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MARIETTA — Cobb school board members were at odds this week over setting aside $5 million for the rebuild of Harmony Leland and Clay elementary schools in Mableton during a discussion of the superintendent’s proposed fiscal 2016 budget. During the lead-up to deciding what projects to fund with the 1-percent special purpose local option sales tax approved by Cobb voters in 2013, only two elementary schools could be chosen for rebuild, according to Nick Parker, the district’s SPLOST director. Harmony Leland, Clay, Brumby and Mountain View elementary schools were the top finalists and the board chose Brumby and Mountain View to rebuild with SPLOST IV funds. However, because of pleas from the community, the board voted last year to set aside $5 million from its general fund reserves, also called the fund balance, to build a new school in Mableton to replace Harmony Leland and Clay. Harmony Leland parents such as Sharie Bassett told the board at the time that the school, which is tied for the county’s oldest, having been built in 1951, had roof leaks when it rains, cracks in windows and suspected mold in the walls. Parker said a new elementary school would typically cost about $30 million, although he noted it’s difficult to gauge without having a design or location. At the board’s Wednesday meeting, Chairman Randy Scamihorn requested a line item be added to the proposed budget to set aside another $5 million for the possible rebuild project. “The district and board has pledged to south (and) southwest Cobb County to continue giving consideration for rebuild of the Clay (and) Harmony Leland schools,” Scamihorn said. “We will possibly look at that $5 million that we have pledged to come out of the fund balance.” Scamihorn ran into objections from board members David Banks, Scott Sweeney and Susan Thayer. Banks who lobbied last year for the board to rebuild Powers Ferry Elementary, a school in his post, objected to Scamihorn’s request, saying it has nothing to do with the budget. Banks, who represents northeast Cobb, said the school board should include the new elementary school on the project list in the next SPLOST cycle — SPLOST V. A SPLOST V would first have to be approved by voters and begin after SPLOST IV expires in December 2018. “We have never built a new school out of general funds. It’s either been bonds or SPLOST money,” Banks said. “If we want to rebuild Harmony Leland, we need to get it in SPLOST V because it’s going to take about $30 million or north to do it, and we’ve got to find some land to put it on. It can’t be rebuilt where it’s at.” Scamihorn noted it was a line item when the board approved the fiscal 2015 budget last year and said that set a precedent. “I’m not sure that it’s relevant where the funds come from as long as we’ve made a pledge to not forget the good folks in south Cobb County,” said Scamihorn, who represents northwest Cobb. “We’ve already started that set-aside. … We’re not really using it; the money’s still there.” Banks maintained putting the set-aside in as a line item was inappropriate because it is just a reallocation of money in the fund balance and pointed out the reserve fund isn’t included in the budget. “What we take out of the fund balance is for expenditures only — at that time for that fiscal year,” Banks said. Brad Johnson, the district’s chief financial officer, said the board can vote to commit a fund balance to a different category — such as from unassigned to a committed category — which is what the board did last year for the $5 million set-aside. “Many districts have built buildings with general fund money,” Johnson said. “There’s no accounting reason why you can’t do it.” However, he noted Cobb historically uses bonds and SPLOST funds for capital improvements, not the general fund or fund balance. Board member Scott Sweeney, who represents east Cobb, reminded the board of the discussion about fund balance allocations last year, where he suggested using the money to increase the amount of new teaching positions. “I very specifically said we need at least 400 positions,” Sweeney said, which was 100 more than what was approved. “This board may recall that as the school year opened, the superintendent had to come back and ask for more dollars for that very reason.” Sweeney said the district is still about 900 to 1,000 teachers shy of the number it had during the 2008-09 school year. “My deep concern is that we’re sequestering dollars out of the general fund through committing fund balance to specific projects when we’re still chasing trying to reduce classroom sizes and hire new teachers,” he said. Sweeney said the district wants to reduce class sizes, which he says could potentially take 10 years at the current rate, noting the proposed fiscal 2016 budget is only reducing the deficit by 100 teachers and the district is expecting enrollment growth over the next decade. “I think it’s something that we can take a look at later in the year to determine, much like we did with the teacher raises,” Sweeney said, referencing the 1 percent pay restoration the board approved in October. “Let’s see where we are further down the road to see if we have the flexibility.” Scamihorn said a future board could easily take a vote to undo the commitment, noting if the money is needed, it can be accessed. “In my opinion, there’s really very little downside by setting aside that money. It’s more or less a savings account, is it not? In layman’s terms?” he asked Johnson, who confirmed Scamihorn’s description. Board member Susan Thayer, who represents the Smyrna area, said as a new board member, she would not be comfortable voting in favor of setting aside the money until she has had more time to study the issue. “My concern is that I would have to vote against something like that for lack of information where, at a later point, I might support it,” Thayer said. By the end of the discussion, Scamihorn withdrew his motion to give board members time to assess Harmony Leland and other schools if they choose to. The board is expected to vote on whether to approve the tentative budget for the purpose of public advertisement at its April 30 meeting.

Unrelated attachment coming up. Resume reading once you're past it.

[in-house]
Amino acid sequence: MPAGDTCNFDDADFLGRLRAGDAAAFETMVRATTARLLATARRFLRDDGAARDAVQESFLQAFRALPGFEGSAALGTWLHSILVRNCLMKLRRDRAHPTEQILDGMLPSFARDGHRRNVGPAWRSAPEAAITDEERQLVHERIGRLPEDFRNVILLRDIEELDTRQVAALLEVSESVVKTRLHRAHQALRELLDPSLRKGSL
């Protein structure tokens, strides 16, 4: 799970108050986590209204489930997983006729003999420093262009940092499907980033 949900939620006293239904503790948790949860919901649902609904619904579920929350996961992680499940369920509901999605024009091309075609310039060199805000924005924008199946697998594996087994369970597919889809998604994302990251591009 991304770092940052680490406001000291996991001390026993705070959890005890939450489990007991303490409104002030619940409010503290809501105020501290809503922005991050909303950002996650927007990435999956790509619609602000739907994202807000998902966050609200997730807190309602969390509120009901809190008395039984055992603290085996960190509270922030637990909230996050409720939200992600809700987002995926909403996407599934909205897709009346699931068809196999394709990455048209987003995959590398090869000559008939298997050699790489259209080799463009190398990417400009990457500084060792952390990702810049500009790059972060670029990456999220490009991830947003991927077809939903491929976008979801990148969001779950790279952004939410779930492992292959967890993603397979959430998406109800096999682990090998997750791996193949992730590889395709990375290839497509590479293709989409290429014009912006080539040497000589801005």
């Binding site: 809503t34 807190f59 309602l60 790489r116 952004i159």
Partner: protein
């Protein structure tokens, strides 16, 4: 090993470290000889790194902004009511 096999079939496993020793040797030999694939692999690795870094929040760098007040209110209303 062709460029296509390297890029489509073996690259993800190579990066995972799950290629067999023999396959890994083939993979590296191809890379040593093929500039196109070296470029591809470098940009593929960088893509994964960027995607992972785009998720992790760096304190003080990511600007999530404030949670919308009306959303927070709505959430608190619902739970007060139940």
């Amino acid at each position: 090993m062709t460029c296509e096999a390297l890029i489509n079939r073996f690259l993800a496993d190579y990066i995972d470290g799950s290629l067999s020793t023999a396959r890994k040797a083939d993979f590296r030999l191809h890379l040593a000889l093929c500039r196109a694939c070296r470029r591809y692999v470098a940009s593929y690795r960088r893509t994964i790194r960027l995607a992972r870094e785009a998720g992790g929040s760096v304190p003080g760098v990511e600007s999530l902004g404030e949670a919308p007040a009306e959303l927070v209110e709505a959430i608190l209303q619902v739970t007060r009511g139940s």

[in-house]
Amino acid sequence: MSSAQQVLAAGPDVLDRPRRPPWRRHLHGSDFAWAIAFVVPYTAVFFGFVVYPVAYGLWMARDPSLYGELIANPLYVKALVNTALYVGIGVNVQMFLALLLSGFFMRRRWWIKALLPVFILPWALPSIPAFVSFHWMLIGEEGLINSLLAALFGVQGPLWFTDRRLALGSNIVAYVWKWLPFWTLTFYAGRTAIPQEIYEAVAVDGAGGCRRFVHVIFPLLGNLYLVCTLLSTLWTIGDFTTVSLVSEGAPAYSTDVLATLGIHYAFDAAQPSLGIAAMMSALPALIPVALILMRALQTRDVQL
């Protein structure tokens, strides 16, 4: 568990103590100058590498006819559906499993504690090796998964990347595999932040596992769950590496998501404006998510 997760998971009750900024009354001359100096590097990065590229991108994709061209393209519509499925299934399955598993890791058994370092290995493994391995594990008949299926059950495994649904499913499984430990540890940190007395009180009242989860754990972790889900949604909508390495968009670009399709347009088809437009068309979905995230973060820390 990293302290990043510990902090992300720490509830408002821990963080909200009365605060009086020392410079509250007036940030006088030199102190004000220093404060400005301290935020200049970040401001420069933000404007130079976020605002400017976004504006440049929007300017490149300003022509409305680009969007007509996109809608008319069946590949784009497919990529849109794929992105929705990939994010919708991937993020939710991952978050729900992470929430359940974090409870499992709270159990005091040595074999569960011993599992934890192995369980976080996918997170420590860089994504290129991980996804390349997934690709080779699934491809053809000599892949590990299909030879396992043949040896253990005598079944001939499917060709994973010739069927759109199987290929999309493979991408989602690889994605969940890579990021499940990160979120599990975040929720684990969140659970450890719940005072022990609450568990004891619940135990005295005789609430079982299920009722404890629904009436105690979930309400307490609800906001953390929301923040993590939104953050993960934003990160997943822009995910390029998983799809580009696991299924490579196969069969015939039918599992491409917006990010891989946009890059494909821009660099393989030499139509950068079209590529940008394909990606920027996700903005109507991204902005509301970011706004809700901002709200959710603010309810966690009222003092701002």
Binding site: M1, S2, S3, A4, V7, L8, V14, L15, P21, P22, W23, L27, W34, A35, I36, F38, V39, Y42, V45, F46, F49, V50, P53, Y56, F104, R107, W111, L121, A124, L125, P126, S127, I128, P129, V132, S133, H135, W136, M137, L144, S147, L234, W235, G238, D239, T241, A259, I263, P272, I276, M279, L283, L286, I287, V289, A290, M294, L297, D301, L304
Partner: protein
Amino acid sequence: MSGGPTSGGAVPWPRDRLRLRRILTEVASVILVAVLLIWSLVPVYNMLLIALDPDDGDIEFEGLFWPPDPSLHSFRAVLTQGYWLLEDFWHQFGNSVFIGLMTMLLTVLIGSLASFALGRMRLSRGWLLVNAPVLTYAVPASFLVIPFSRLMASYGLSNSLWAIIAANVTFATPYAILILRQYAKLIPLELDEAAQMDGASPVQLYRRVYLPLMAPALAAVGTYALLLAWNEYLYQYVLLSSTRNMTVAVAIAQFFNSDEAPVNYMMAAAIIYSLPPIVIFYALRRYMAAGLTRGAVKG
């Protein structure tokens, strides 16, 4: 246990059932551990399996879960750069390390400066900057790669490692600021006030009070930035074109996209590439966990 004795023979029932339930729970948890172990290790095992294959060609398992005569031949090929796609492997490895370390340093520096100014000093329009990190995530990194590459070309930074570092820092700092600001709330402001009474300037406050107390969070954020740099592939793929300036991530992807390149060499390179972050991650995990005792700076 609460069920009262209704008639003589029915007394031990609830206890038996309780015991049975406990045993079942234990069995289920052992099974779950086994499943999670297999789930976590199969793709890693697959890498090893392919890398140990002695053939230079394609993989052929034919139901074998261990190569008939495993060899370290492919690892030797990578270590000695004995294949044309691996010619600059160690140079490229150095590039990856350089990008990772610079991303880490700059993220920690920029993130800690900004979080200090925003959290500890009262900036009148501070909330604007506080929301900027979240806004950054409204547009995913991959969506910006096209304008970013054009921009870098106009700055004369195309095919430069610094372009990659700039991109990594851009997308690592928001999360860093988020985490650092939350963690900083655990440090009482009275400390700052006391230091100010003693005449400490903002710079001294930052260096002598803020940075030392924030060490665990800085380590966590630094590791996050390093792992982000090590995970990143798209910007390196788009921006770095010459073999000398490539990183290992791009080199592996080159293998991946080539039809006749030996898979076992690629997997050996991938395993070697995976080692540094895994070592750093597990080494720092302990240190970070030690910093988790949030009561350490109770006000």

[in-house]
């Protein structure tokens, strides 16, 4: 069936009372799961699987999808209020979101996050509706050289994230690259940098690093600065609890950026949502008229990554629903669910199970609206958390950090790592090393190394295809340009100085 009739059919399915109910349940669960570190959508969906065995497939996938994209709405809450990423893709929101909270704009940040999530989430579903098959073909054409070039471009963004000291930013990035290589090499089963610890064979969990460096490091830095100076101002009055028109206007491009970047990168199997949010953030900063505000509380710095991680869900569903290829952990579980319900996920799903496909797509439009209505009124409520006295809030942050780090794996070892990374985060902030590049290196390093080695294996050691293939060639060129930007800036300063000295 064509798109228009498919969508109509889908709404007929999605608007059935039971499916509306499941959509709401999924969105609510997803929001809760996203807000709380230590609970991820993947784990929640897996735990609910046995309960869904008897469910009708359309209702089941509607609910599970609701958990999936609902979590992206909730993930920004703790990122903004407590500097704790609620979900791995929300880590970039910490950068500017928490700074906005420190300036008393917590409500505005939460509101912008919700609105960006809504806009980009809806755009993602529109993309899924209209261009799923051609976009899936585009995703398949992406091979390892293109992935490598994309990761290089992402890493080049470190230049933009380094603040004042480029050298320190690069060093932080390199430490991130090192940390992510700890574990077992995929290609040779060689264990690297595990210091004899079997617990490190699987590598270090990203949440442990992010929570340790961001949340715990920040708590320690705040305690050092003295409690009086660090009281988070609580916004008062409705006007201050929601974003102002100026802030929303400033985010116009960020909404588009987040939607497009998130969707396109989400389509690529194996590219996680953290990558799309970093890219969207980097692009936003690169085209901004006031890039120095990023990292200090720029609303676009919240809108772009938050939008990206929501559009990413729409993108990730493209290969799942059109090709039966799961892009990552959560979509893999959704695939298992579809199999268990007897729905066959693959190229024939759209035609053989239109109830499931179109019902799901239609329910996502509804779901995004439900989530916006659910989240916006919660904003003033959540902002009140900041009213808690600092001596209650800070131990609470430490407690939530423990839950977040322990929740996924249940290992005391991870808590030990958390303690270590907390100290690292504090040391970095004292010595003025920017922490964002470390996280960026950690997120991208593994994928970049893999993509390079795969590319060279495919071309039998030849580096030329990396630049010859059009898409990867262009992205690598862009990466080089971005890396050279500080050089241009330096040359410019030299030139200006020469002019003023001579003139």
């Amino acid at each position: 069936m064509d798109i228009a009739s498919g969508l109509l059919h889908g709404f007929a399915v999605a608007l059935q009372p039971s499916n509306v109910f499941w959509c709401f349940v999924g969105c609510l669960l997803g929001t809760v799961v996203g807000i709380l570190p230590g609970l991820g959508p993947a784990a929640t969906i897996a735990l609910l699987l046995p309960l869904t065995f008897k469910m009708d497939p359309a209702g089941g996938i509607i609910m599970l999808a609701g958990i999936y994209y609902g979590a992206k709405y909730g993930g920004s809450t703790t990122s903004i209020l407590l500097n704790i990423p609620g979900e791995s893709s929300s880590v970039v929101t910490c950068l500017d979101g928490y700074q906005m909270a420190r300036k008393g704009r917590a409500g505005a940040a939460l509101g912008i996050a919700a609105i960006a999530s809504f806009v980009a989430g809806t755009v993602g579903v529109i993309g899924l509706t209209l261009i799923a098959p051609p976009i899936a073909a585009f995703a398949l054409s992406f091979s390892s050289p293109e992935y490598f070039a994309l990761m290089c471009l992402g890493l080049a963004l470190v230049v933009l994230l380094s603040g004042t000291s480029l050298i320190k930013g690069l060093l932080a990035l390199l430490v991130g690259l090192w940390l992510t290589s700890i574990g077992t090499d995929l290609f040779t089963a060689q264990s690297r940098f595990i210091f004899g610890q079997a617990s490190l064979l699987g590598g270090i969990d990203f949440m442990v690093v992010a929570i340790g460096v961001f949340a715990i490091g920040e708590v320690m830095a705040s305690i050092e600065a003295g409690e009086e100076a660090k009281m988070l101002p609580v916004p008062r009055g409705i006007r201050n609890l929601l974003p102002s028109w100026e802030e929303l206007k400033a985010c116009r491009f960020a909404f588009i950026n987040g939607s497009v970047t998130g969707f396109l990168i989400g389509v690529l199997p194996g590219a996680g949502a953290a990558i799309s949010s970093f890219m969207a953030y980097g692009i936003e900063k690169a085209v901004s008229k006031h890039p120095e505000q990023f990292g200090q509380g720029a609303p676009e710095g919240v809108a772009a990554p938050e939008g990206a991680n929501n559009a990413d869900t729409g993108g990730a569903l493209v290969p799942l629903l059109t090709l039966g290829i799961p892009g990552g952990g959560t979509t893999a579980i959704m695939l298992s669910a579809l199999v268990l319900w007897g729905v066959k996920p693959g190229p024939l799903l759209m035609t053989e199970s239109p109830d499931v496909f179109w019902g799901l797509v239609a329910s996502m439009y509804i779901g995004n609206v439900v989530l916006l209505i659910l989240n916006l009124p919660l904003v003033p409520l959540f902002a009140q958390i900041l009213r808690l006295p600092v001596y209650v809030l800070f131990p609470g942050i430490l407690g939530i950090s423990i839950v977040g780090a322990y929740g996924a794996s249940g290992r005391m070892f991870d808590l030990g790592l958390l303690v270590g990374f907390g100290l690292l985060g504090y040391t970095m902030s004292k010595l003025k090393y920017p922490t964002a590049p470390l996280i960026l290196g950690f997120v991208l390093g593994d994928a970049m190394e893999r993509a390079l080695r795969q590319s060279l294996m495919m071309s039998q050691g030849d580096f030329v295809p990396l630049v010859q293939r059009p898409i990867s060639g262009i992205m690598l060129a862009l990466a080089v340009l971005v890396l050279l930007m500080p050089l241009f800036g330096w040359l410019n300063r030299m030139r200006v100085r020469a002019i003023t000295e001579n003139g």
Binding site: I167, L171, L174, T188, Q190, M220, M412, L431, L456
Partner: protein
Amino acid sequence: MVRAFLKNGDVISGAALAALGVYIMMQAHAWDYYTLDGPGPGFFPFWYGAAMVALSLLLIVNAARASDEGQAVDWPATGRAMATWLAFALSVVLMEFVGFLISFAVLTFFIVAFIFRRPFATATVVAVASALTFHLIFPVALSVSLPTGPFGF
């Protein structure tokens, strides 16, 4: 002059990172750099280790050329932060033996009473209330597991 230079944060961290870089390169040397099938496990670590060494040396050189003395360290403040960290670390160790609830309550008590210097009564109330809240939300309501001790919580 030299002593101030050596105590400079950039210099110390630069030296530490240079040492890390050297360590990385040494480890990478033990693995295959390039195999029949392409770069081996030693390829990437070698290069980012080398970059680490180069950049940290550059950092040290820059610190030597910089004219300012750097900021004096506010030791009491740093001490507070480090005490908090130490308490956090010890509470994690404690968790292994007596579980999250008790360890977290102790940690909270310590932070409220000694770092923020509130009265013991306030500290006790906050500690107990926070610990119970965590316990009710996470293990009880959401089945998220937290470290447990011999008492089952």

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More teachers